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Arthur Chipping is an academic teaching at Brookfield Boys School outside of London in the 1920's. Although he does what he considers best for his students, they don't much like him, nicknaming him "Ditchy", short for "dull as ditch water". His life changes when he meets Katherine Bridges, a music hall actress and a woman with a questionable past. She affectionately calls him Mr. Chips. Despite their differences, they fall in love. He in particular realizes that in striking a relationship, they will have many obstacles to overcome. He doesn't particularly like the world in which she is involved, including her friends and her profession, and she doesn't exactly fit the mold of a teacher's wife. Still, they decide to get married. She forgoes her career to be Mrs. Chips, living on campus as the housewife of a teacher at a proper boy's school. It is a world in which she will have to learn the rules, or at least bend them to her sensibilities, although she vows never to embarrass him. ... Written by
Oh, but I adore English public schools! I simply worship them all! Even that idiotic Westchester... where you can't ask a boy out to tea without everyone asking the most extraordinary questions.
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When it opened in London during the Christmas season of 1969 this musical version of James Hilton's famous story was drubbed by the critics. The same reception greeted it when it opened in the US, prompting MGM to withdraw its "Roadshow" status and cut almost all of its songs. What a mistake!!!
Watched years later, when the trendy world of the 60's and 70's has turned in upon itself, this version of GOODBYE, MR.CHIPS is a total delight. First of all, as "Chipping", Peter O'Toole gives one of his greatest performances. To watch him turn from the hated, cold, emotionless Latin teacher at a boy's boarding school, to a man who finally can see the colors in the world (after falling for and marrying musical star Catherine Briskit) is to see a genius at work. (If you can, watch LAWRENCE OF ARABIA, THE LION IN WINTER, MY FAVORITE YEAR and CHIPS back to back over a number of days or weeks. Then you will see what a truly great actor O'Toole is, and how magnificent he is in CHIPS.)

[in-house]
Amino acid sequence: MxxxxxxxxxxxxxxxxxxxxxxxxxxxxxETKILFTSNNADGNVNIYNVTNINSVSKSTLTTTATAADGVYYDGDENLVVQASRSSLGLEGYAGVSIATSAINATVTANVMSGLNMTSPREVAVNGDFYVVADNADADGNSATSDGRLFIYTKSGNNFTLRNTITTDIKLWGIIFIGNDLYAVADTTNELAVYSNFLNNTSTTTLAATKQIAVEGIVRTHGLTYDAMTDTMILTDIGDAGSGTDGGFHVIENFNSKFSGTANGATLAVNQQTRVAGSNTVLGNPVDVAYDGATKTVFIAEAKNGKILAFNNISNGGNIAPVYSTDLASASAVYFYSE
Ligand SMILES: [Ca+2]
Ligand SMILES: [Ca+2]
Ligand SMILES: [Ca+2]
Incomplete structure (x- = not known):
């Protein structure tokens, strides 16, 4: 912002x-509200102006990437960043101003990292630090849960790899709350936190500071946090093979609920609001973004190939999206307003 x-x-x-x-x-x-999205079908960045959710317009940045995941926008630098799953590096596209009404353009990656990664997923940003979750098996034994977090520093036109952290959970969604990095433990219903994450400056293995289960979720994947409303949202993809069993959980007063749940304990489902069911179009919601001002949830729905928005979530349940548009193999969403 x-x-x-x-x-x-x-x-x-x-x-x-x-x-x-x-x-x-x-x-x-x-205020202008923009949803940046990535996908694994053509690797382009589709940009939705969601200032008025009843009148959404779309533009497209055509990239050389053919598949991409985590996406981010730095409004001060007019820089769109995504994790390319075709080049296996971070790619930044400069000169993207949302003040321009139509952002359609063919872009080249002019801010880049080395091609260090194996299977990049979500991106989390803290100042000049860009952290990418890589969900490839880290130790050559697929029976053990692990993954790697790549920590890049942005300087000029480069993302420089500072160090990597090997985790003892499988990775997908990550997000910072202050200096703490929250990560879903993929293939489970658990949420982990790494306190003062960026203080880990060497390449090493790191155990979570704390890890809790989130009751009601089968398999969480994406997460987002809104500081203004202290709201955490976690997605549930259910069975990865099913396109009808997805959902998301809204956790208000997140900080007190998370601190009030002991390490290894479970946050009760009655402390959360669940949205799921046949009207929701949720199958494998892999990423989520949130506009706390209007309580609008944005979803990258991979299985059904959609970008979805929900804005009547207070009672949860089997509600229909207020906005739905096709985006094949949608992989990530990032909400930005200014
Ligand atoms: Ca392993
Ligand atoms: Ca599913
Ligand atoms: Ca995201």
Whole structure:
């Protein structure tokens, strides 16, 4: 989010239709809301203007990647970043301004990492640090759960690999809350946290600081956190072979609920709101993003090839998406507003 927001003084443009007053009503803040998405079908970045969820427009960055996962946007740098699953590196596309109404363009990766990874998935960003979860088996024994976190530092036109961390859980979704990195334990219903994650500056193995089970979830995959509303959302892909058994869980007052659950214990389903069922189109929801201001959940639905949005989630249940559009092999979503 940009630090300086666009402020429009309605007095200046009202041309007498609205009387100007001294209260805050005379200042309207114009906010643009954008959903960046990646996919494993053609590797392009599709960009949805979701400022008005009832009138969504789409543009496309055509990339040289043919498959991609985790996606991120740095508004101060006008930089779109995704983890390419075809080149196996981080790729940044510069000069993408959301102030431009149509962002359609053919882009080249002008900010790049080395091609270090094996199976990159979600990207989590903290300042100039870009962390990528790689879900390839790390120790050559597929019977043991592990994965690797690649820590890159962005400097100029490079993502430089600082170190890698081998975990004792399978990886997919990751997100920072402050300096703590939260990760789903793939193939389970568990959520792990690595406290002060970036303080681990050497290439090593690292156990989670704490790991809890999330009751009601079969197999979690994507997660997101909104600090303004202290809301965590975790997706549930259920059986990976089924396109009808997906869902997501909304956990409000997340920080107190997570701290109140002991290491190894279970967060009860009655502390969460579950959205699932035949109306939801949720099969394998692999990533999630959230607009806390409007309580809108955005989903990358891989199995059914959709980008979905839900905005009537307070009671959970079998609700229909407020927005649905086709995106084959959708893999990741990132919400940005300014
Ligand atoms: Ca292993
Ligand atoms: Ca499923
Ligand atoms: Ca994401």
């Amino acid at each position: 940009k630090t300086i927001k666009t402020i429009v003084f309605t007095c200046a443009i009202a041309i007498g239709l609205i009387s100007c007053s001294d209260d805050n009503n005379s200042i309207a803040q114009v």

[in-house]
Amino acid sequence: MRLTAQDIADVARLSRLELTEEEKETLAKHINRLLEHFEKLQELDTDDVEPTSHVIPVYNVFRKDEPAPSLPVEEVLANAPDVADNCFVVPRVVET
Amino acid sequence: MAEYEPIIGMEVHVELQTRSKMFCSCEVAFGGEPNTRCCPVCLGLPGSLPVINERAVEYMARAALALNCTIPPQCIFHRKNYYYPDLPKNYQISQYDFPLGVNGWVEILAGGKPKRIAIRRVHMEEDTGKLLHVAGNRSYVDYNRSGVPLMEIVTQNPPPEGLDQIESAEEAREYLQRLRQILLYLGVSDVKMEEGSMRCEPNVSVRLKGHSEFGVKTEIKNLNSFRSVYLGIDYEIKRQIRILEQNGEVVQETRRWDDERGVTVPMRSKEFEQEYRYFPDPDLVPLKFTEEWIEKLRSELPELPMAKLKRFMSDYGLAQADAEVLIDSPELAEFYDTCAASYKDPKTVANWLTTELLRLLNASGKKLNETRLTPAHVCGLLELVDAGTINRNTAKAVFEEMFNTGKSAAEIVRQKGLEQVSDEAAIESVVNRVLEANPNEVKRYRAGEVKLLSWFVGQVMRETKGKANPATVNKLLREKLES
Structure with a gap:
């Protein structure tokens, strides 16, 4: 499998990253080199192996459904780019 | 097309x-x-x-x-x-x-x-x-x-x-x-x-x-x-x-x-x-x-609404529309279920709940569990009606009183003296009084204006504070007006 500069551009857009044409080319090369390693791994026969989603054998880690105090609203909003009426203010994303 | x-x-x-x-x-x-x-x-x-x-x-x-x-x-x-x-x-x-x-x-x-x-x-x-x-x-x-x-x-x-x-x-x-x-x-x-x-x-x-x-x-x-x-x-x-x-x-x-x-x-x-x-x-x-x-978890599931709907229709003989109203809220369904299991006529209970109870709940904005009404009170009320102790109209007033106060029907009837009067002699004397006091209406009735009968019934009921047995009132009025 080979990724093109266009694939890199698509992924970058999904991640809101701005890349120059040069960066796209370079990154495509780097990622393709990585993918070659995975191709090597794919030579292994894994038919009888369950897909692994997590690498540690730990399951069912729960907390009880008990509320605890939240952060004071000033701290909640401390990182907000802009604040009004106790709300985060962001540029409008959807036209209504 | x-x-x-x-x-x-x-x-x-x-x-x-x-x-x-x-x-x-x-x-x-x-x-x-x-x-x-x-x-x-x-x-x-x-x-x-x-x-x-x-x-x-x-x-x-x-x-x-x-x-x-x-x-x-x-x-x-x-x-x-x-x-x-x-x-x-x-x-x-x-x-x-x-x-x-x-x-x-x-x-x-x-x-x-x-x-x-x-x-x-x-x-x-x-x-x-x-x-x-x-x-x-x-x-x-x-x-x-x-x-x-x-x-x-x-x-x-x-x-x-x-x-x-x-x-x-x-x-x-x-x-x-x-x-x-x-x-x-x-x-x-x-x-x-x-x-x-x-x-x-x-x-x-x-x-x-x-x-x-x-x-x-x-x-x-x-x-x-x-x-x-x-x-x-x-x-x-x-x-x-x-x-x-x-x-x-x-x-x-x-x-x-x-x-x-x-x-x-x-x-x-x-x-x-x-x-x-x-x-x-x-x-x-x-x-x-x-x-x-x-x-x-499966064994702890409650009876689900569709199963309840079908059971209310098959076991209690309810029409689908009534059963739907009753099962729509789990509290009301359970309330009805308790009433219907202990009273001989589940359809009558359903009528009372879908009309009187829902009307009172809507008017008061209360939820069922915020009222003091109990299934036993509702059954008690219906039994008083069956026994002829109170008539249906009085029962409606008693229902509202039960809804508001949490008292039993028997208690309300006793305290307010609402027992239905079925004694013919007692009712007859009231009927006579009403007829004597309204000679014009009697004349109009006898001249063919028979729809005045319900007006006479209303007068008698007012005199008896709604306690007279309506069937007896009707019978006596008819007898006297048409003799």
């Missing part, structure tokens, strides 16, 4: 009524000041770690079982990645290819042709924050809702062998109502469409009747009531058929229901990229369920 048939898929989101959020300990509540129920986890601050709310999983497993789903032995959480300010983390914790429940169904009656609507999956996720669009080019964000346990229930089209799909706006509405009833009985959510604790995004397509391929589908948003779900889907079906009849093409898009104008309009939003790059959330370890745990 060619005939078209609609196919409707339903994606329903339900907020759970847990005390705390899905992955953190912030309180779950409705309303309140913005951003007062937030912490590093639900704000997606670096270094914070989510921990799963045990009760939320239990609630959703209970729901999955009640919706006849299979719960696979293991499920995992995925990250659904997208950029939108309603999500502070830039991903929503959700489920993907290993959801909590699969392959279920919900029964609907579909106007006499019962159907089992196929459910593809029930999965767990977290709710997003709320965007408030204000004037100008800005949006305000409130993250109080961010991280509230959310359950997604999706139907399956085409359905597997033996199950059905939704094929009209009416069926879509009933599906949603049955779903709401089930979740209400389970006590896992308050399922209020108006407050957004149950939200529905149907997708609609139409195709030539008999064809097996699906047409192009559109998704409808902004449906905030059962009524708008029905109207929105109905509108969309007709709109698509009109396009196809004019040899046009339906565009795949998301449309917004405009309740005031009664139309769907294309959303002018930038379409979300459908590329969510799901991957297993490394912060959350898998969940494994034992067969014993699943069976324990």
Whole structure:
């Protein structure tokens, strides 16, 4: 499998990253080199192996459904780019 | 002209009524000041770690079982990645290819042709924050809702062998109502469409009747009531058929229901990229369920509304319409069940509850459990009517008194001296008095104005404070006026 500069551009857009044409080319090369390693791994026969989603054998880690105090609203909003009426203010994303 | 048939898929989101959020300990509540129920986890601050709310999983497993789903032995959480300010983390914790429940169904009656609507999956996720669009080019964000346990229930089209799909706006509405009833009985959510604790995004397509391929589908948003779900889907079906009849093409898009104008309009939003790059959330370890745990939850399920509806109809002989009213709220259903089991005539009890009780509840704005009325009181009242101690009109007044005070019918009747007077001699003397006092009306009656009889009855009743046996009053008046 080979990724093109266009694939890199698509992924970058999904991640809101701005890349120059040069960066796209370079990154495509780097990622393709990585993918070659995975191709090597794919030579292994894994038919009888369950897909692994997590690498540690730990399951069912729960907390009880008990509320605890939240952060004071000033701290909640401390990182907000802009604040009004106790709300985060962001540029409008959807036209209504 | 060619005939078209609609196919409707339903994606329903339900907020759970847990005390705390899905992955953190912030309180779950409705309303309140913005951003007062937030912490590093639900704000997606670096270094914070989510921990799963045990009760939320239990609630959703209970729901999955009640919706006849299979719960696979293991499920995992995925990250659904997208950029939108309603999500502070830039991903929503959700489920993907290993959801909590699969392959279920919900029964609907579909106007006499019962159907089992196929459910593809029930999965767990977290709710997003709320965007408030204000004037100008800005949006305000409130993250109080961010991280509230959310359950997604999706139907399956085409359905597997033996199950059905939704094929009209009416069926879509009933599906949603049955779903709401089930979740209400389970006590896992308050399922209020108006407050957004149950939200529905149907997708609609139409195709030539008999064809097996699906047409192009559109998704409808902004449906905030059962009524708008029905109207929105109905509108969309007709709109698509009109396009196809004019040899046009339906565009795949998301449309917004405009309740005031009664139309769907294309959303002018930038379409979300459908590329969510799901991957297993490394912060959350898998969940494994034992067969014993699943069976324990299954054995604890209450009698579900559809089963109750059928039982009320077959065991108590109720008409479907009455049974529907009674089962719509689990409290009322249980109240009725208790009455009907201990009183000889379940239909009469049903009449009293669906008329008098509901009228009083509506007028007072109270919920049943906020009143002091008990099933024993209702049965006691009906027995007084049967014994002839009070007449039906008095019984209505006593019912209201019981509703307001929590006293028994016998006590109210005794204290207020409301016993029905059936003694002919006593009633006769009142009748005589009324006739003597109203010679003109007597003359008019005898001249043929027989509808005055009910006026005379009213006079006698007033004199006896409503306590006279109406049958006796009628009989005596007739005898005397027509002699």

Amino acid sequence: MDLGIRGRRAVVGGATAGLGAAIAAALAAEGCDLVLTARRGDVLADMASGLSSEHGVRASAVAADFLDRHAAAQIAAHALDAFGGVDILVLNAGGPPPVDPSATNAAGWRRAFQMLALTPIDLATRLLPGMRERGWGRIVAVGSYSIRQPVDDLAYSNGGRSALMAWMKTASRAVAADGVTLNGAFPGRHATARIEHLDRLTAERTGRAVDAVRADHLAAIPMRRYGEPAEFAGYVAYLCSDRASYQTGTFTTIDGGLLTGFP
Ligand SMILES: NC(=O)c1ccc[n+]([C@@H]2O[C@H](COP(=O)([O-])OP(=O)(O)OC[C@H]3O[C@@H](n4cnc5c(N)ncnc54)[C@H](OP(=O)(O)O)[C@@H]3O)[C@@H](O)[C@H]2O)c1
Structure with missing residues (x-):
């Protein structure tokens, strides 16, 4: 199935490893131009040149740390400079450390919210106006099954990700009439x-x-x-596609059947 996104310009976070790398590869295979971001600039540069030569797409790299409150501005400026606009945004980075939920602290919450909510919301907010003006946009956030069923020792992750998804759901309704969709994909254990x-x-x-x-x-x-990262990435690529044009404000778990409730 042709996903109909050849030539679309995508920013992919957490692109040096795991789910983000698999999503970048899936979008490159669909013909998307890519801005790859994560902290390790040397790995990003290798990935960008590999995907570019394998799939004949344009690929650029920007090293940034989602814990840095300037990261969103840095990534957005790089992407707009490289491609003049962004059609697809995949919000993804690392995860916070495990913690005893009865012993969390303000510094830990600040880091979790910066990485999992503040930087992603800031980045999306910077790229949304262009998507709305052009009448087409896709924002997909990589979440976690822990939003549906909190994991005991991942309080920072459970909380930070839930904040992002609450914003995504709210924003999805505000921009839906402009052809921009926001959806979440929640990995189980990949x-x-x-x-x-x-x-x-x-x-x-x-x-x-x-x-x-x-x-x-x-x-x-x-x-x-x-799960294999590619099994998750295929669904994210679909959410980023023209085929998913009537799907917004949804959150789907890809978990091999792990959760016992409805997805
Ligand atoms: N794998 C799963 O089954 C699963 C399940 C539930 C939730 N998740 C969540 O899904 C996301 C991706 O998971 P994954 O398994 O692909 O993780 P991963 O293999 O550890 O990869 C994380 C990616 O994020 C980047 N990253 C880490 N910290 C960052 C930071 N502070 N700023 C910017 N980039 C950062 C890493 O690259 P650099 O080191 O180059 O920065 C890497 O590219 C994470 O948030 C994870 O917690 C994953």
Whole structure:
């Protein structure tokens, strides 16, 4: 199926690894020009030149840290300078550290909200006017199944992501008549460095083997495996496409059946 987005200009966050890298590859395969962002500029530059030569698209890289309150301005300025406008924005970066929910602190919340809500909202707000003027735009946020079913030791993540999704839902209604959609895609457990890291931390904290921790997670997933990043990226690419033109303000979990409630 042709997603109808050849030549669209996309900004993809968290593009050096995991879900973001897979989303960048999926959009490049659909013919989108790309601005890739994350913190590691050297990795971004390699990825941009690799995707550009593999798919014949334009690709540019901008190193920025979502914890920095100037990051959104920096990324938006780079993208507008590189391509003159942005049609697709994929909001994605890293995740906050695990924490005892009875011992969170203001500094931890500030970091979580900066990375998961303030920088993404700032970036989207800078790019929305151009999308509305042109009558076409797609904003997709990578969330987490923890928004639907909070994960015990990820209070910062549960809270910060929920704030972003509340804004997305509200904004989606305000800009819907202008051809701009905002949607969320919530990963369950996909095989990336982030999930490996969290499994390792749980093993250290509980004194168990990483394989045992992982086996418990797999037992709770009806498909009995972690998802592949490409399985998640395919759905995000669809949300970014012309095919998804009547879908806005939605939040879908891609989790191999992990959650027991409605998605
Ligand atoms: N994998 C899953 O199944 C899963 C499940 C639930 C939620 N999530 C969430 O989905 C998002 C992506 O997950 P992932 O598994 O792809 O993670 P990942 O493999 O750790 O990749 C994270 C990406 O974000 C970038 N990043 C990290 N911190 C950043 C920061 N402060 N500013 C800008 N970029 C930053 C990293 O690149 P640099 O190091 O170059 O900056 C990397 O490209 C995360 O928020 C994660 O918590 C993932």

Catherine, as played by the glowing Petula Clark, at the height of her popularity, is ever man's dream; beautiful, loving, understanding, with a great voice to boot. Most of the songs are beautiful and fit the story perfectly, while the direction by the late Herbert Ross brings the proceedings wonderfully to life.
Okay, this film may be a bit too romantic for some people, but for those who are looking for a beautifully acted, sung, and directed love story, look no further. (If you can get your hands of the laser disc wide screen version, better yet. I am anxiously awaiting CHIPS' debut on DVD.)
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